Far from causing harm, pornography appears to have a cathartic effect on people's sexuality. The Denmark experience of the 1960's teaches us that the incidence of sex crimes appears to lower dramatically when pornography is made freely available.

This week the morality of pornography was conflated with the legality of it. This should never have happened. Even if we don't like pornography - we find it offensive, degrading, insulting towards women - the legality of sexually explicit material is another matter. Again, Australian law serves a function - to allow all of us Australians to engage in any activity, provided that that activity does not prevent others from engaging in their own activity. It is not the role of the government to prevent adults, male or female, from engaging in any activity, provided that that activity doesn't interfere with the activity of others.

At no time have we seen corroborating evidence to suggest that pornography being made freely available is harmful to society. Again if the Denmark experience is considered, whether we like the idea of pornography or not, we are forced to confront the possibility of pornography being a social good. The Denmark experience forces us to look seriously at the possibility of pornography serving a purpose - to lower the incidence of sex crimes.

We need to protect our children. The government has a responsibility to do this. And regardless of the Coalitions' attitudes and beliefs about sex, we want to keep our children safe. You are moving in the wrong direction Mr. Howard. I'm confident that most Australians would prefer individual adults to masturbate whilst consuming adult pornographic material, than sexually assault their children. Whether or not Australians like or dislike pornography, they want their children to be safe.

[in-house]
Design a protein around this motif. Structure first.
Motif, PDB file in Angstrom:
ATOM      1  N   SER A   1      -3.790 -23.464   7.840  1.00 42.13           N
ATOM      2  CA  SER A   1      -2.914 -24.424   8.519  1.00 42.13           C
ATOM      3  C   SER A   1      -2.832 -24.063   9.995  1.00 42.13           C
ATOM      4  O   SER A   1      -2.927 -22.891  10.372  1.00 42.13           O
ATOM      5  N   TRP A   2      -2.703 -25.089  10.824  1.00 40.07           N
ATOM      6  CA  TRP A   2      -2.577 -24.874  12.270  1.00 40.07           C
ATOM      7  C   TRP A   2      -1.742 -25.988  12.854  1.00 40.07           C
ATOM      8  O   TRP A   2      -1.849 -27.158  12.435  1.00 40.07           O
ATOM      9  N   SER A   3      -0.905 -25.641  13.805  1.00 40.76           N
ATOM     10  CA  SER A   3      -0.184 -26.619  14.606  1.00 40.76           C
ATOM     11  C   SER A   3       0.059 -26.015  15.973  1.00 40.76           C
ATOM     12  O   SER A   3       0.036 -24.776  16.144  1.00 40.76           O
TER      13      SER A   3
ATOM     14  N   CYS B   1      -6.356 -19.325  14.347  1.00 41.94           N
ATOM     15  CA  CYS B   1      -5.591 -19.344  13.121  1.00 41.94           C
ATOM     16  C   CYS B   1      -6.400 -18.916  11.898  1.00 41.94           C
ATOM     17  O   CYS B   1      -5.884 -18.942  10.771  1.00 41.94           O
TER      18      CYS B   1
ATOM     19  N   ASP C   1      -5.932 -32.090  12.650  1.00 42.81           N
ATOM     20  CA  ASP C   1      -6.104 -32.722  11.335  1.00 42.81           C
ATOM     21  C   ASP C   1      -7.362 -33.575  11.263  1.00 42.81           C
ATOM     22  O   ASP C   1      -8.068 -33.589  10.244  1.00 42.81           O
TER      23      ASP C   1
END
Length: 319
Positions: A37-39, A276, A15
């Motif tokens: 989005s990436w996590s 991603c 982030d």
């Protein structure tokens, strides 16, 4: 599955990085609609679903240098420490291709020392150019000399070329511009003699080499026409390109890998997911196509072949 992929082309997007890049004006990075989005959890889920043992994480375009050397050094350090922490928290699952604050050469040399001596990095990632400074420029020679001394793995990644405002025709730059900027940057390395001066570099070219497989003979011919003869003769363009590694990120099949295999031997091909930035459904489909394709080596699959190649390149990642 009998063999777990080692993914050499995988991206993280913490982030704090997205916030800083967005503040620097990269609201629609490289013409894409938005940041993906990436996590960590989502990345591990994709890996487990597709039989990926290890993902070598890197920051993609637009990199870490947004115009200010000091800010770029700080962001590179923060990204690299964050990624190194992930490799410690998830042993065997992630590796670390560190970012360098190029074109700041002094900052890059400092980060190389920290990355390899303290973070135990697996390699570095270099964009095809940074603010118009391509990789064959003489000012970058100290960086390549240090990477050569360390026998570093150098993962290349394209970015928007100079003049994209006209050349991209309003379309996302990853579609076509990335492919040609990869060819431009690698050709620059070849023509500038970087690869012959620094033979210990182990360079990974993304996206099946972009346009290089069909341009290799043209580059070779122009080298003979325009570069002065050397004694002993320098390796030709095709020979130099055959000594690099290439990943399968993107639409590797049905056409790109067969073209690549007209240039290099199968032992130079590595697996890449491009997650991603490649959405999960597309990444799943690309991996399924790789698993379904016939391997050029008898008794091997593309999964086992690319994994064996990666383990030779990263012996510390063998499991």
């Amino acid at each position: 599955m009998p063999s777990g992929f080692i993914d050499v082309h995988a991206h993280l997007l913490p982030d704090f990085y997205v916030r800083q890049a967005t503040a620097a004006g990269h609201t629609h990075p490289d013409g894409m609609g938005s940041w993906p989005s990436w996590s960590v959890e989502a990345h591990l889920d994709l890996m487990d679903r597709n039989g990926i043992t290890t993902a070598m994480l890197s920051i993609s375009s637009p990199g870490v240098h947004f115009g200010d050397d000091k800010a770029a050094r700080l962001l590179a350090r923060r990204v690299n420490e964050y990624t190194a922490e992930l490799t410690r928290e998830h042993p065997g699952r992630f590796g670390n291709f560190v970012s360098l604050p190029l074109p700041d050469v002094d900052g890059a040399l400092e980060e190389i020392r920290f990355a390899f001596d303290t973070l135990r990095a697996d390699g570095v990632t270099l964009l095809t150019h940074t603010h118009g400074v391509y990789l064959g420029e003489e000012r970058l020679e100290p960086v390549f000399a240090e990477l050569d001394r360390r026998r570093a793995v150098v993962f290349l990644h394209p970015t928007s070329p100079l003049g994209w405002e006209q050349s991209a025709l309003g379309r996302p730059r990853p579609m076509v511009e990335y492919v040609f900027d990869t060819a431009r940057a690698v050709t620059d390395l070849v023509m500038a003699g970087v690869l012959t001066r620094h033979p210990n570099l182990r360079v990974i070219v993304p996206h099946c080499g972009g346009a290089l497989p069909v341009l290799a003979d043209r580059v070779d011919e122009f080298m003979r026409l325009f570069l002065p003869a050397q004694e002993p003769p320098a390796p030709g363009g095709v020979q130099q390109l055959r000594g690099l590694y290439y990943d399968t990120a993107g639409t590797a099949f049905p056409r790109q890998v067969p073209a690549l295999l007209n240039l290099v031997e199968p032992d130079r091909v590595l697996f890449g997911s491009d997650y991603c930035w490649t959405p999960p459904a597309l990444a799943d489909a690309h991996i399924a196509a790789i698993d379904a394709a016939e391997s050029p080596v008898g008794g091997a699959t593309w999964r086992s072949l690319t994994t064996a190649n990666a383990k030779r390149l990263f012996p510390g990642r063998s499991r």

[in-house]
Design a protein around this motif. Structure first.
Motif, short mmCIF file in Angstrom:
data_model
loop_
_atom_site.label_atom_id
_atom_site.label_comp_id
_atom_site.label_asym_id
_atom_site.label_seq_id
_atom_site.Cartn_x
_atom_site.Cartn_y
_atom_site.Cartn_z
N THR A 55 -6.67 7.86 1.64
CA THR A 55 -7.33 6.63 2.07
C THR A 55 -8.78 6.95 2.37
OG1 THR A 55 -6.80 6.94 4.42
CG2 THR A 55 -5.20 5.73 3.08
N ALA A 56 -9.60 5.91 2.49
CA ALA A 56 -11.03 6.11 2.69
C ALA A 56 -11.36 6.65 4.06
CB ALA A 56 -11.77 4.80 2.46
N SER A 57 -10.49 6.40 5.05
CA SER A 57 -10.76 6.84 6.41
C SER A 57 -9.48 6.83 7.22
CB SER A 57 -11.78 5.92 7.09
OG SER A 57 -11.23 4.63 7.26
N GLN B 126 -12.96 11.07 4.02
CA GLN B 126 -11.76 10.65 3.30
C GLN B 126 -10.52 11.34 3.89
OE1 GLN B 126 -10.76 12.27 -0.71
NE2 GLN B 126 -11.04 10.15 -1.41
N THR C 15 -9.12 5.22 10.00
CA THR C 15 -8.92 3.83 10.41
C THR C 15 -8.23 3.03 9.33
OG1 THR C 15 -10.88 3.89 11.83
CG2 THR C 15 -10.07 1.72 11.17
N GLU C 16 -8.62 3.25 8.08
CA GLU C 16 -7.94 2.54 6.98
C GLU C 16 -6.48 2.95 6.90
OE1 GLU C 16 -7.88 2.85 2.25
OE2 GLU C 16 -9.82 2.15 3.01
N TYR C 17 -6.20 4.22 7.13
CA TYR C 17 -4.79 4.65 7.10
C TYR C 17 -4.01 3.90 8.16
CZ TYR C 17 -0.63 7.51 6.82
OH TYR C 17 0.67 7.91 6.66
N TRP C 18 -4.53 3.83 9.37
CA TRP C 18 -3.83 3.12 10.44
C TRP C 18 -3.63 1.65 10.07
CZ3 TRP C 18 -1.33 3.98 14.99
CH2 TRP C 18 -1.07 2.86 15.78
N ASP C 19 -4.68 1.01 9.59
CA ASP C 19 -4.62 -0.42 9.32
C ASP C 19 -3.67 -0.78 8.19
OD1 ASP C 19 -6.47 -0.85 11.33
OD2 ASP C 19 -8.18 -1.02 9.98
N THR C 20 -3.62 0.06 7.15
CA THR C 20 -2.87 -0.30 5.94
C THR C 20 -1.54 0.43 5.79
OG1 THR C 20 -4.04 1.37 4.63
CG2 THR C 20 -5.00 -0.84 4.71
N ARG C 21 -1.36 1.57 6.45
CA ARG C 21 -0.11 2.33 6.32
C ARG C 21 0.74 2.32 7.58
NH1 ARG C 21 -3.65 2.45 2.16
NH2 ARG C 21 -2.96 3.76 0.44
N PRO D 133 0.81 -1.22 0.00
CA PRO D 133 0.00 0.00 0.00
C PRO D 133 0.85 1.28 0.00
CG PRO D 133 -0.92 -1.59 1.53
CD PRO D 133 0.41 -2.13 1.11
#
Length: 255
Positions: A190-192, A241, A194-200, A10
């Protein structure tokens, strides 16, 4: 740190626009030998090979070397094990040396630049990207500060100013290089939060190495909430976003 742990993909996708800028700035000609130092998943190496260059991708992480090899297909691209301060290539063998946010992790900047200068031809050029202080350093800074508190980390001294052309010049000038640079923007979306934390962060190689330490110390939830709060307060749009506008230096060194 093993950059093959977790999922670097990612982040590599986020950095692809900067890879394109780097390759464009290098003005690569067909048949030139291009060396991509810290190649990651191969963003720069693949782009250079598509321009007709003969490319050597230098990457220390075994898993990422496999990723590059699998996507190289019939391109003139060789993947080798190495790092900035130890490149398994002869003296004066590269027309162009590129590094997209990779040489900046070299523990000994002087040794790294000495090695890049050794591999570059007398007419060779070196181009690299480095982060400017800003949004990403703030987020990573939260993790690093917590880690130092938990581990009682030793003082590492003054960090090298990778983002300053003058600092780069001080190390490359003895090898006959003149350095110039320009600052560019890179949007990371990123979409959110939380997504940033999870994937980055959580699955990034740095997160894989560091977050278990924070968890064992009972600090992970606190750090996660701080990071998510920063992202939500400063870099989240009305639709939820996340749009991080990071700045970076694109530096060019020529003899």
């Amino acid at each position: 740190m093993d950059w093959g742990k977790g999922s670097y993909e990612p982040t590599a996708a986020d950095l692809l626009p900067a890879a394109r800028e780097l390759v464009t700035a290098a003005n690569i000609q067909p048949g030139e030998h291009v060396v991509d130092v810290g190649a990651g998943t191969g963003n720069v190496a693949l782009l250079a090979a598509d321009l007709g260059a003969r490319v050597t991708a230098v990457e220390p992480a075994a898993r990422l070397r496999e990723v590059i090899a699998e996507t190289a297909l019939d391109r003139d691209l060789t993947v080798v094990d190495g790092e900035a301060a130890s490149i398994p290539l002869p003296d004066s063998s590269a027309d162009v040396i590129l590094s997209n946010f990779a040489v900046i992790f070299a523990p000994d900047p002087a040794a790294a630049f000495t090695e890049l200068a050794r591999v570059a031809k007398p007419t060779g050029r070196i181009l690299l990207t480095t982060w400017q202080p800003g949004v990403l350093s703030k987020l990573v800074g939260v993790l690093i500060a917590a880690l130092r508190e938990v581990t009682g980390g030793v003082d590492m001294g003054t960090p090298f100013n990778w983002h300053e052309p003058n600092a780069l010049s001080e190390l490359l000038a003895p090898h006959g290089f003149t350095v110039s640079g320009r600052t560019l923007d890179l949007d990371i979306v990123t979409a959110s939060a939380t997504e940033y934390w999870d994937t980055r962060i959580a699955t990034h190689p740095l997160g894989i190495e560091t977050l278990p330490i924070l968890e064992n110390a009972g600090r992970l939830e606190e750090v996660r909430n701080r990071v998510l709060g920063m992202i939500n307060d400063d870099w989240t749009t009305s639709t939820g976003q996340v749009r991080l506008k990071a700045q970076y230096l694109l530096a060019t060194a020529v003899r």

At present parents are responsible for ensuring that their children don't access pornographic magazines at home. Similarly parents should be responsible for ensuring that their children look at visual material they consider appropriate for their ages. Legislating against pornography doesn't teach children to look at age-appropriate material. However, parents can play a vital role in sexually educating their children - not by holding negative and restrictive views towards sex, but by having a positive, relaxed and open attitude towards it. We have enough child abuse in this country Mr. Howard. We don't want any more of it.

It's disappointing and worrying that these types of concerns weren't considered when the Bill was passed through the Senate, earlier this week. I can only think that the Federal Government wants to turn a blind-eye to issues of child abuse whilst pretending to care about them. This new Bill will do absolutely nothing to prevent children from accessing pornography on the internet. Putting it in place is a waste of tax-payers money, good money which could be spent on attacking important issues such as child sex abuse. It's time to do something about the overwhelming number of children who are sexually abused within this country. It's time to wake up to the fact that whatever we have been doing to prevent child abuse, just isn't working. Restricting access to many different types of pornography is moving in the wrong direction. We want to cut down on the number of children being abused, not ensure that more of them are harmed.

Pornography doesn't cause societal damage. There is no evidence whatsoever to suggest that this is the case. We do have the experience of Denmark in the 60's which suggests that relaxing legislation in relation to accessing and distributing pornography can be helpful for society - it appears to reduce the incidence of sex crimes.

Given there is no evidence whatsoever to suggest that pornography is harmful, this current Federal Government is overstepping the mark. When the new change to legislation is put in place that will be a significant marker of the government's refusal to recognise the appropriate role of the state. On that day, the Government will be saying to Australian people: We no longer see the law as serving a purpose - to allow individuals to do their own thing, unhindered by those who would prevent them from doing so, subject to the proviso that that business does not prevent others from doing their own thing. That day will be a sad day for Australia and all Australian people.